Ten Premier League players who made their Carabao cases

A Bielsa project stands … The post Ten Premier League players who made their Carabao cases appeared first on Football365.

Ten Premier League players who made their Carabao cases

A Bielsa project stands out and there are a couple of ‘timely reminders’. Not everyone made …

 

Kyle Edwards
The Birmingham Mail described Kyle Edwards’ performance in West Brom’s 3-0 win as a ‘timely reminder of his abilities’. Harrogate Town defender Warren Burrell won’t need reminding; he’ll be reliving the moment Edwards diddled him by the corner flag before easing into the penalty area to set up Callum Robinson. Fellow local lad Rekeem Harper scored a beauty, as did Hal Robson-Kanu, but on a night of great goals but little else for the Baggies, Edwards was that ‘else’.

 

Anthony Gordon
All Evertonians, but one, will have been thrilled by James Rodriguez’s performance against Spurs on Sunday. Anthony Gordon, having broken into the first team under Carlo Ancelotti last season, must have been a bit f***ed off. It’s one thing to bring in a formerly world-class player to the club that plays in your position, but for that player to then actually look like he’s still world class – that’s a real kick in the teeth.

But the 19-year-old was a bundle of energy once again in Everton’s 3-0 win over Salford, and was unlucky not to break his Everton duck, smacking the post with one effort while another was headed over. It was a classic timely reminder.

Ancelotti once claimed Chelsea’s Josh McEachran would one day be England captain, but – unlike with the now Birmingham bench-warmer – his enthusiasm over Gordon’s future is being backed up by hard evidence.

 

Niels Nkounkou
When 19-year-old Nkounkou joined Everton from Marseille this summer, the club looked set to stick him in the U23s for the time being. But the retirement of Leighton Baines means the Frenchman is now very much part of the first-team plans, though he has a tough task to displace compatriot Lucas Digne to earn a starting spot.

Nkounkou looks quicker than Digne and more willing to take on his man, certainly if this debut was anything to go by. In losing a legend, Everton have uncovered another wonderful left-back in a right-back dominated world.

 

Ian Poveda
“Again, Poveda!”, “Move, Poveda!”, “Now, Poveda!”, Marcelo Bielsa barked at the acquisition from Manchester City on his full debut for Leeds against Derby at the end of last season. He had waited six months for the chance and was getting an earful for his trouble. But there are worse things to be than a Bielsa project. Moulding potential is what the Argentine does, and he doesn’t do so for the hell of it.

Poveda has that potential and the desire to grow. He was the bright spark on Wednesday evening, in what was otherwise a mundane display from Leeds as they lost on penalties to Hull City. He was direct, skilful and confident. His distribution still leaves something to be desired, but that’s nothing a couple more “Now Povedas” can’t fix.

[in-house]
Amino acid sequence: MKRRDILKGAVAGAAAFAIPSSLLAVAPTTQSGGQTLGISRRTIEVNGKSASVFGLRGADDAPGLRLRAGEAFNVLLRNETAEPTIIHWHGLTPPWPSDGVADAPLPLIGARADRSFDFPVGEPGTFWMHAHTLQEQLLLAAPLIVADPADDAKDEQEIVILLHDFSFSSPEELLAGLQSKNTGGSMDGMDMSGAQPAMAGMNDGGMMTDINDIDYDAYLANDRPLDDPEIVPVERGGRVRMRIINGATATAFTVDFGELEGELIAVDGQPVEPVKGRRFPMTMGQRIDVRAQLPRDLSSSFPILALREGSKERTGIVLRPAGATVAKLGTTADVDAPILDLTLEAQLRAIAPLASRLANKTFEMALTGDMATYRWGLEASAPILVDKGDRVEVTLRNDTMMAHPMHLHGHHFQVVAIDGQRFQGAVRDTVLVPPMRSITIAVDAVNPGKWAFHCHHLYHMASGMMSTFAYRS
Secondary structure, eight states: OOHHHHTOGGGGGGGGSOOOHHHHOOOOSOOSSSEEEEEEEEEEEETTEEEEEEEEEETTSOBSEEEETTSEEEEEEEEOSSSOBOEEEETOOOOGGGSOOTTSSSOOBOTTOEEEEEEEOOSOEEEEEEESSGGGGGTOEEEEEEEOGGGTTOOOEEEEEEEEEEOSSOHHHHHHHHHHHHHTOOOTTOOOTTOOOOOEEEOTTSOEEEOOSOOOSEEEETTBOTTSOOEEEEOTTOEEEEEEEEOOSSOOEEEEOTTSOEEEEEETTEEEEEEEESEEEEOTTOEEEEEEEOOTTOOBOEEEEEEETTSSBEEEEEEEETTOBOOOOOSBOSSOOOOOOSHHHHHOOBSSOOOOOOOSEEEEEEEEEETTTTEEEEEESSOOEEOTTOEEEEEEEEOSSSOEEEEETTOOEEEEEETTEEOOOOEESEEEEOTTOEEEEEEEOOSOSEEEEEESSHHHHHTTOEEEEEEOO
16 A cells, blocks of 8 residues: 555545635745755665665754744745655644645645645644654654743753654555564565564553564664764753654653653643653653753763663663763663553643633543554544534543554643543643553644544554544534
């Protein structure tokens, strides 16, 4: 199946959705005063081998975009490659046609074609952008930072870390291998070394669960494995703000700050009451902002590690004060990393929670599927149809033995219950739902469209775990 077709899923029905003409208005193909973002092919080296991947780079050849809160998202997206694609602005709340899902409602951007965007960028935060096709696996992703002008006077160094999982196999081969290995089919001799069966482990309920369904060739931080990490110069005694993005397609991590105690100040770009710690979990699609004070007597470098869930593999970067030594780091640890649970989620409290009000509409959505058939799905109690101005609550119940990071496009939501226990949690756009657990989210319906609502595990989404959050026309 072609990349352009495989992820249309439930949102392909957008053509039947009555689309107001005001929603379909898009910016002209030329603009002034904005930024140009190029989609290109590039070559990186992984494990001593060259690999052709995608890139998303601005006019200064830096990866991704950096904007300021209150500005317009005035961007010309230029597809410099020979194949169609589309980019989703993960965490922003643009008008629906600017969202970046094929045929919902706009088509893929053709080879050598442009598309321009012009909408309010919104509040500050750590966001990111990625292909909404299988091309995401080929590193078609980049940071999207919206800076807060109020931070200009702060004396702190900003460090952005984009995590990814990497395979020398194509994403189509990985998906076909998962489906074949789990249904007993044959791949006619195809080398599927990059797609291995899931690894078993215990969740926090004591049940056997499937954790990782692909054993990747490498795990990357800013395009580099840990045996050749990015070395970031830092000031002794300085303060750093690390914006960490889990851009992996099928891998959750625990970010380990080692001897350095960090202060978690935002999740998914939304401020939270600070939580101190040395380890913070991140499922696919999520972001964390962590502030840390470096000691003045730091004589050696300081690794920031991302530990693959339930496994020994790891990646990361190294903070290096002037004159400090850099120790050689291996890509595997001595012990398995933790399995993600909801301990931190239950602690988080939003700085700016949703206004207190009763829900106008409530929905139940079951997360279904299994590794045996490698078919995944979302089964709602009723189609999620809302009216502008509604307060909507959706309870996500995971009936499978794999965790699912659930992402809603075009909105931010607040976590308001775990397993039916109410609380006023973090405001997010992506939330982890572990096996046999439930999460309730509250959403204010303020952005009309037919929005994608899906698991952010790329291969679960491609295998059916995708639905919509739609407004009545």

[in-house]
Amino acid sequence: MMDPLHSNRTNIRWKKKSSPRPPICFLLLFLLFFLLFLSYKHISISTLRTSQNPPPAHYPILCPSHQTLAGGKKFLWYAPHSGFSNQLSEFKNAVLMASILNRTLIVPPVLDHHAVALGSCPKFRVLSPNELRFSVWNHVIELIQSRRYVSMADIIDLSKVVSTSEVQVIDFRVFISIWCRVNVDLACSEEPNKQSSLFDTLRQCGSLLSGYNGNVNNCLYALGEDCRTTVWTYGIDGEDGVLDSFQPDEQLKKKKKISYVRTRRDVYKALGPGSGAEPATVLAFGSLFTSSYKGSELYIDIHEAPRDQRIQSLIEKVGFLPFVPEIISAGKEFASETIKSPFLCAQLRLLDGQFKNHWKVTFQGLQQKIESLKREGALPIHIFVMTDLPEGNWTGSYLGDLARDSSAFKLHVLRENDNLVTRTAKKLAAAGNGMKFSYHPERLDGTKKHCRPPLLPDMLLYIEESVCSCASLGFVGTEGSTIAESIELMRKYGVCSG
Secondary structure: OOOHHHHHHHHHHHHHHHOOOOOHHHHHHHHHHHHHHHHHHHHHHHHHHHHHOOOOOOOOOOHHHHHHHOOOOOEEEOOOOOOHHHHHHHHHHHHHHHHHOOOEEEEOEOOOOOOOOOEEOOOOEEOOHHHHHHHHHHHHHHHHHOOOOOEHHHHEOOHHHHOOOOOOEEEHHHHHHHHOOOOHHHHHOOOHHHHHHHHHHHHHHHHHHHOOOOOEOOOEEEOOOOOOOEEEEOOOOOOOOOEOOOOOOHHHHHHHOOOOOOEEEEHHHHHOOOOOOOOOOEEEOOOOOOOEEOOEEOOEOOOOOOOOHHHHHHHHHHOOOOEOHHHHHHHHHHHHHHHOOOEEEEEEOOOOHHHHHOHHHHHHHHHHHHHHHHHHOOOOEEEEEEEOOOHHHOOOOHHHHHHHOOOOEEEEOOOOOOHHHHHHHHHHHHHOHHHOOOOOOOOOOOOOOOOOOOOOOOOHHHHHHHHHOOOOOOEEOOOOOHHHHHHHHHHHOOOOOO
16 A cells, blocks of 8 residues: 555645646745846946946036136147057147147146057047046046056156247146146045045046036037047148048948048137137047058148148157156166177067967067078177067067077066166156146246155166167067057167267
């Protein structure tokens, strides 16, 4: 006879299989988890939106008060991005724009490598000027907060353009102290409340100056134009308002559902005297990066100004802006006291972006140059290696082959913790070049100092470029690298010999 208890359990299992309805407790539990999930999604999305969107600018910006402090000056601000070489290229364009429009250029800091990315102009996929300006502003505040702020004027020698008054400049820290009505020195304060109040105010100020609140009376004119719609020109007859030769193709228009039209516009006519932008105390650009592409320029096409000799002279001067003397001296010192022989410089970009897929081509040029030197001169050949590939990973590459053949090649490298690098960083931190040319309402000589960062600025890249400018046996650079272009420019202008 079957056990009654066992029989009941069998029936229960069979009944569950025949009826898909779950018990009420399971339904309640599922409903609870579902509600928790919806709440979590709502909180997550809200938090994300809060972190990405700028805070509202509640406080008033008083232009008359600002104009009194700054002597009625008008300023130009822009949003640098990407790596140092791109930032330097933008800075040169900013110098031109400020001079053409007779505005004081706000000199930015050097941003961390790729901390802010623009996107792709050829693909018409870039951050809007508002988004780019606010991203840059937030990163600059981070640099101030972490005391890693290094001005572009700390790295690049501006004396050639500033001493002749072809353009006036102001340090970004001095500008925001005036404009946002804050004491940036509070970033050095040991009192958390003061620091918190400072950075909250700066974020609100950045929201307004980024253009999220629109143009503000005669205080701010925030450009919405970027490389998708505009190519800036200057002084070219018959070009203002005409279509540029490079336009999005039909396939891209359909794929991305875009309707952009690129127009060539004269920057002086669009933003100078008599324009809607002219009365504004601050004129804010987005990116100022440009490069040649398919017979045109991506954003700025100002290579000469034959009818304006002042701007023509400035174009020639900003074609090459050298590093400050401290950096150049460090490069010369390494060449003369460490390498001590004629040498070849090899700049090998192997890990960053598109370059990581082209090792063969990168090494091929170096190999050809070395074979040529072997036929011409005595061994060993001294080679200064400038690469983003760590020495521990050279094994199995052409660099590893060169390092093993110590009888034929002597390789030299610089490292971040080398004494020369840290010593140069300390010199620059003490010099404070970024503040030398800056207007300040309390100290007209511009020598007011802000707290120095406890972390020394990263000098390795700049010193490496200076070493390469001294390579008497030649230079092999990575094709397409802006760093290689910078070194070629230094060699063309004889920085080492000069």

Kenny Tete
32-year-old Denis Odoi has just signed a contract extension that will keep him at Fulham until 2022. A lovely guy and great professional, but he’s not cut out for the Premier League. He showed that last time he was relegated and again against Arsenal on Saturday.

Fortunately, Fulham do have a very good right-back, who should imminently replace Odoi in the first team for Premier League clashes. Kenny Tete was playing Bayern Munich in the Champions League semi-final for Lyon under a month ago, and on Wednesday was whipping a wonderful cross straight on to Aleksandar Mitrovic’s noggin.

If Fulham are to stay up this season, that is the way they are going to do it. Tete on one flank, Antonee Robinson on the other, both feeding Mitrovic, who will gobble up more chances than most.

 

Manuel Lanzini
A quiet first half followed by a lively, dynamic second with one GIF-worthy moment is about as much as a flair but fringe Premier League player could ask from a cup tie against lower-league opposition. It keeps you fresh in the mind of the manager and fans, as opposed to starting well but fading. And Manuel Lanzini was never going to dominate Charlton for 90 minutes, but his assist for the third goal will add to the clamour for him to feature more regularly for West Ham.

The 27-year-old started 14 Premier League games last season – only six in 2020 – with neither Manuel Pellegrini nor David Moyes fully trusting him for a variety of reasons. But Lanzini’s attitude at the very least seems positive and determined, while his quality has never really been in question. West Ham might as well give him a chance; it’s not as if he is going to be any worse than what he replaces.